Making Additional Permitted Subscriptions
Under HMRC rules, the APS can be made to any ISA manager of the survivor’s choosing, but it is up to the ISA manager whether they accept them. You may find that you need to – or it is easier to – make the APS to the manager who held the deceased’s account, then transfer the ISA elsewhere if they are not the preferred manager.
Any subscriptions made under the APS rules are treated as previous year’s subscriptions, so it does not matter if the survivor has already paid into their existing stocks and shares ISA with one manager; they can still pay the APS into another stocks and shares ISA with a different manager (i.e. the one who held the deceased’s account) without breaking the ‘paying into more than one ISA of the same type in one year’ rule. Similarly, there is no issue with opening a new ISA to receive the APS even if they have already opened a new ISA of the same type with a different manager in the same tax year.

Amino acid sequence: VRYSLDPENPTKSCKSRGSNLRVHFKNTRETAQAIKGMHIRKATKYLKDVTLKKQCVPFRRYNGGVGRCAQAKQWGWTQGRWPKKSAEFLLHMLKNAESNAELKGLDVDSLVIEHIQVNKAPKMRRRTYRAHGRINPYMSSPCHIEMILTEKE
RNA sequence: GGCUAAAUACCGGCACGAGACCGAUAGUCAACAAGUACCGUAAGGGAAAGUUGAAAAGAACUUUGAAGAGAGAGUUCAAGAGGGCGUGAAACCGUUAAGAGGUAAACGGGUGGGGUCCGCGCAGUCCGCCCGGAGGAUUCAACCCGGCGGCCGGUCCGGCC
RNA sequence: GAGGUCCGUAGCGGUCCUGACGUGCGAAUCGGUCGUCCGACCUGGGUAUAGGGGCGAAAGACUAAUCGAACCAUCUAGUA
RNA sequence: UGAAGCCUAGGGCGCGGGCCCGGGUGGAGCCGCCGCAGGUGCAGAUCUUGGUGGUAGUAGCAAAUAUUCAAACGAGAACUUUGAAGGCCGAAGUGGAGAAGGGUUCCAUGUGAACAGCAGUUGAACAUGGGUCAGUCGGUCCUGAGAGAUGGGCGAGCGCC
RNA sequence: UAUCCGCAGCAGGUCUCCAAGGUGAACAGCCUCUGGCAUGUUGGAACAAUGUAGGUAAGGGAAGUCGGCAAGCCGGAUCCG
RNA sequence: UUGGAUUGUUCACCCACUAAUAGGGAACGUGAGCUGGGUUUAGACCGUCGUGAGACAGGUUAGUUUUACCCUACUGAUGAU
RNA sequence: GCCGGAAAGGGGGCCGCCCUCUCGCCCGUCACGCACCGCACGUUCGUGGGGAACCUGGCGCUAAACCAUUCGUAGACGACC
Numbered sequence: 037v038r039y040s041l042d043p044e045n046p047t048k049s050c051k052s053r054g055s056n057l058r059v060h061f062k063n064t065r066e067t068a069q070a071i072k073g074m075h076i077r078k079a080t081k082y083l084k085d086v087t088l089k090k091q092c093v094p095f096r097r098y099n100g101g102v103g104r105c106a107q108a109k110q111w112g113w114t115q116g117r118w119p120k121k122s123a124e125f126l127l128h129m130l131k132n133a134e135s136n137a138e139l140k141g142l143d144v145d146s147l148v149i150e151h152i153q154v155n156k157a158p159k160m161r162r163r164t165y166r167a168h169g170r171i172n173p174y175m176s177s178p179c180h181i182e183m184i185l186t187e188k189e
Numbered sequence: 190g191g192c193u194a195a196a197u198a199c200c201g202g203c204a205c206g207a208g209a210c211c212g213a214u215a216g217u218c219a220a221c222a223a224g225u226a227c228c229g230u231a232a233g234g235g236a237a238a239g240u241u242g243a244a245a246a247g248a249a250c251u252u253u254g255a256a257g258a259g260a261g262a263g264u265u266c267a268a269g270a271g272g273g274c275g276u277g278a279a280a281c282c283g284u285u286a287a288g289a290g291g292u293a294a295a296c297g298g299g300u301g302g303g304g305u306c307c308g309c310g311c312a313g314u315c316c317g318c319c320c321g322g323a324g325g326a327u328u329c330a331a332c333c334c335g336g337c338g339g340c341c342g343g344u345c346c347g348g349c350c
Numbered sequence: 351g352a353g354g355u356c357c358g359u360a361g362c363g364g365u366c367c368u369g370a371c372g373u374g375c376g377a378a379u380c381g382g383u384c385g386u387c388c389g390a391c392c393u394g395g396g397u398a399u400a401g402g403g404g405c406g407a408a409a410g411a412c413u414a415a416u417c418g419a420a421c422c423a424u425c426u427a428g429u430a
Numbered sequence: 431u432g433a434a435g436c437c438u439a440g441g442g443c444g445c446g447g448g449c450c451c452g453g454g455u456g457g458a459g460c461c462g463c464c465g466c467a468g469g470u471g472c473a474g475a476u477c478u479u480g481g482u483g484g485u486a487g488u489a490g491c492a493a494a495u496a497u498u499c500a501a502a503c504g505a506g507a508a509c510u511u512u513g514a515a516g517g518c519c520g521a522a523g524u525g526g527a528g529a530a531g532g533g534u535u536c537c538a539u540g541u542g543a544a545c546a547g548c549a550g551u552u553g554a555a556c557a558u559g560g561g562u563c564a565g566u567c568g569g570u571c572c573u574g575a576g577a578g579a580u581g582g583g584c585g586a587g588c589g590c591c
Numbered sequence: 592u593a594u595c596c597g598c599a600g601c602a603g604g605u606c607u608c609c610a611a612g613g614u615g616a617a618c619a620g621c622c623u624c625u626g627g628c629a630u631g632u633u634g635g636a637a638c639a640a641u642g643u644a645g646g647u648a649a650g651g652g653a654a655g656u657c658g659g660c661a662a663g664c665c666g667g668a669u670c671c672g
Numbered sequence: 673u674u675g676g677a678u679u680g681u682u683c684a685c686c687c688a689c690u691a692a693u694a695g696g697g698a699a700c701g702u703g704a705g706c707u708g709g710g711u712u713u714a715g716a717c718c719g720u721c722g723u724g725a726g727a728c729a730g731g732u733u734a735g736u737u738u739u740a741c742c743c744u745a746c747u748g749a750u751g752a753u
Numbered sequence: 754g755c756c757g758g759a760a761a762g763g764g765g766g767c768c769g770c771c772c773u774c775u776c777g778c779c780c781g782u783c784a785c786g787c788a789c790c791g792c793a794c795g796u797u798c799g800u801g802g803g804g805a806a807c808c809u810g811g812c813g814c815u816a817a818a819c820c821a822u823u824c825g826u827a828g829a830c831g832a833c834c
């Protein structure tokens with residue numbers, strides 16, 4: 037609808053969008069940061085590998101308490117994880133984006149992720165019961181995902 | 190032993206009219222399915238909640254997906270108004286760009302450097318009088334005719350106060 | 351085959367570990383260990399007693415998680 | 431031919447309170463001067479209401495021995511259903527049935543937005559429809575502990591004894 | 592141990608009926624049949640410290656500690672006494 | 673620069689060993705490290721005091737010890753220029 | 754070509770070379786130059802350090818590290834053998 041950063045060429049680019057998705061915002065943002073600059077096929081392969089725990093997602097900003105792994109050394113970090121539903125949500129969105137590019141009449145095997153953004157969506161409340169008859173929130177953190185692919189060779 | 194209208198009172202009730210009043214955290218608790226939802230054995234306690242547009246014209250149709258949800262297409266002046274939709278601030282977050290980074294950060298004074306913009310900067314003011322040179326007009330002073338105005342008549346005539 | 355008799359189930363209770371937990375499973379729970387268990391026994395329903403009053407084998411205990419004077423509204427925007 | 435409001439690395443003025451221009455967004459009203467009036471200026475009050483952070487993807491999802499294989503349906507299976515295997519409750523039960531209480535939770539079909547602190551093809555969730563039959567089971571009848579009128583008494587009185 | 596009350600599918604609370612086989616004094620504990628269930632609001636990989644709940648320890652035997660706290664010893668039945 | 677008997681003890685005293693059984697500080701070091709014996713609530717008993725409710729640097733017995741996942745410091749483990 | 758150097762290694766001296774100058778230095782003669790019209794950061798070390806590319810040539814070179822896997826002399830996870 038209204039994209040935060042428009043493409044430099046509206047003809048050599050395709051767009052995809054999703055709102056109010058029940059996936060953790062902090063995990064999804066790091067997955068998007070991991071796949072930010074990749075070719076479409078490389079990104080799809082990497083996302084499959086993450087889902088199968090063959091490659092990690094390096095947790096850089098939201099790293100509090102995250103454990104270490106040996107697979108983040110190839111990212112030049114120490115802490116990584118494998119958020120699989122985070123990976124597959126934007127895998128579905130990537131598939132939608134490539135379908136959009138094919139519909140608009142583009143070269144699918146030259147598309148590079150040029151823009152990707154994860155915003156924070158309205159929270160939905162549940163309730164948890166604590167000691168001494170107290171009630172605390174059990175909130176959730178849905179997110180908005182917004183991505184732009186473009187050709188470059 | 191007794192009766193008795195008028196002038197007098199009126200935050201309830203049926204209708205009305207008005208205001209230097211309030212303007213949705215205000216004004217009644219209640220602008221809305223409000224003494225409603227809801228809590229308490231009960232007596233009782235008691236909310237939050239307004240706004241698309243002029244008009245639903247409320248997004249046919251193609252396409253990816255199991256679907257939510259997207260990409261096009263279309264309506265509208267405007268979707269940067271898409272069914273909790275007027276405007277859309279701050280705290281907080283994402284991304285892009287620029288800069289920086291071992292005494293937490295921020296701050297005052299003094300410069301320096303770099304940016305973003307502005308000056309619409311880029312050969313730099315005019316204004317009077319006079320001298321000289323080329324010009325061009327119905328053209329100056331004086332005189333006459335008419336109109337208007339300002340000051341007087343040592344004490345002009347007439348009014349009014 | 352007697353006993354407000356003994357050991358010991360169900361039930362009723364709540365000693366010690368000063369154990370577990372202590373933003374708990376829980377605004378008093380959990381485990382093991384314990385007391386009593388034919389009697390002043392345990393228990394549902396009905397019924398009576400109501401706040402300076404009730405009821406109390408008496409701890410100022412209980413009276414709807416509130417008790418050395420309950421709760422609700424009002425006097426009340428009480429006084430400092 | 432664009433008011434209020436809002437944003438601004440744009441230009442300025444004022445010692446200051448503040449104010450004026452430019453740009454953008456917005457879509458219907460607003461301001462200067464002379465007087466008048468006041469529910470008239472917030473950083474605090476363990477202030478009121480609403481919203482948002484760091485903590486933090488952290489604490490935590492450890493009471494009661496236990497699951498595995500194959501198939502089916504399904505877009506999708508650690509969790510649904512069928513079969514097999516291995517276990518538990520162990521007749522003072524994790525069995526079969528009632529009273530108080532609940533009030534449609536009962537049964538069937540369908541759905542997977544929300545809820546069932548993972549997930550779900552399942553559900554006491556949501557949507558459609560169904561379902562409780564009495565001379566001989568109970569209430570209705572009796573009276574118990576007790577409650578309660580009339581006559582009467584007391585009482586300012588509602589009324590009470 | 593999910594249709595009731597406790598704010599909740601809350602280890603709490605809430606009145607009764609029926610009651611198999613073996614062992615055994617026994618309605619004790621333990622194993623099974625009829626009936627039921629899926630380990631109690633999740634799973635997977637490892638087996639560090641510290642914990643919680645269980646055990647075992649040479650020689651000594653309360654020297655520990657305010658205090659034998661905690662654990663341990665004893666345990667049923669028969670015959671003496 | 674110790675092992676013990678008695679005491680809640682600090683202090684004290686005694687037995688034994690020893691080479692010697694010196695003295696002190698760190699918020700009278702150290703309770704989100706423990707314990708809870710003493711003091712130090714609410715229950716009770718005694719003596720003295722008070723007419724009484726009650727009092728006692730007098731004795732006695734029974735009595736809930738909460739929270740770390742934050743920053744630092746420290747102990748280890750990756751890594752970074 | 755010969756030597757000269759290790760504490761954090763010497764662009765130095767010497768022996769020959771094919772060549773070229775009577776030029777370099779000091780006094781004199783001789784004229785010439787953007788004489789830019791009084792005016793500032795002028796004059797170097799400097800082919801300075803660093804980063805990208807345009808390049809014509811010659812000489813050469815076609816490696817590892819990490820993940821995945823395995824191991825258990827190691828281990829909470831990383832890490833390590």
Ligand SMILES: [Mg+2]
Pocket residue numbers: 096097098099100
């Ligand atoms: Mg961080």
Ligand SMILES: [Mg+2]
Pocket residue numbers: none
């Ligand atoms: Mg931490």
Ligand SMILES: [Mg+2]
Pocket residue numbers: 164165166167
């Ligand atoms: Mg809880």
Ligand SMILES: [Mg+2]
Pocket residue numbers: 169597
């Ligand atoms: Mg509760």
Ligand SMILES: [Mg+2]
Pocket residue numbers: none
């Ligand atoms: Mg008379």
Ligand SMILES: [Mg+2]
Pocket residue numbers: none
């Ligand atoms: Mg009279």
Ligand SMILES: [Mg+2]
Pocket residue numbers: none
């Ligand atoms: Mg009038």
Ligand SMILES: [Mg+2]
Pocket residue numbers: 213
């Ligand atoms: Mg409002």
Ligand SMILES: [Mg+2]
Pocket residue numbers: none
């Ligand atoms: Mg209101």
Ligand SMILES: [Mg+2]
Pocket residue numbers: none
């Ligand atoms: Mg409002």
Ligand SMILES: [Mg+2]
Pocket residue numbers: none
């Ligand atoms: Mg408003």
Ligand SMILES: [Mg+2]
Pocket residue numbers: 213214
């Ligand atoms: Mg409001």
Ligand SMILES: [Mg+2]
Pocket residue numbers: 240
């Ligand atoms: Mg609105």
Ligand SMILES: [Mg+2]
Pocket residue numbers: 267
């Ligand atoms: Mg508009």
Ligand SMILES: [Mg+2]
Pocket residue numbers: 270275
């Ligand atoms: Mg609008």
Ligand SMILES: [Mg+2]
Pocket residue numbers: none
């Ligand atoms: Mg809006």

The survivor can choose to use the APS to pay into a cash, stocks and shares, innovative finance or Lifetime ISA, or a combination of ISAs, and these can be existing ISAs or new ones set up to receive the APS. The only restrictions apply to Lifetime ISAs, for which the survivor must be eligible. This means they must be aged 18–39 if they are opening a new account, or under 50 if they already have a Lifetime ISA they want to pay the APS into. The APS still counts towards the £4,000 Lifetime ISA limit and they can only pay in if they haven’t paid into another Lifetime ISA in the tax year.
Each APS limit must be used with one manager. For example, if there was an available APS of £50,000 relating to an ISA the deceased held with manager A, you couldn’t use £30,000 with manager A for a stocks and shares ISA and £20,000 with manager B for a cash ISA. You could, however, split the £50,000 between a stocks and shares ISA and a cash ISA both with manager A.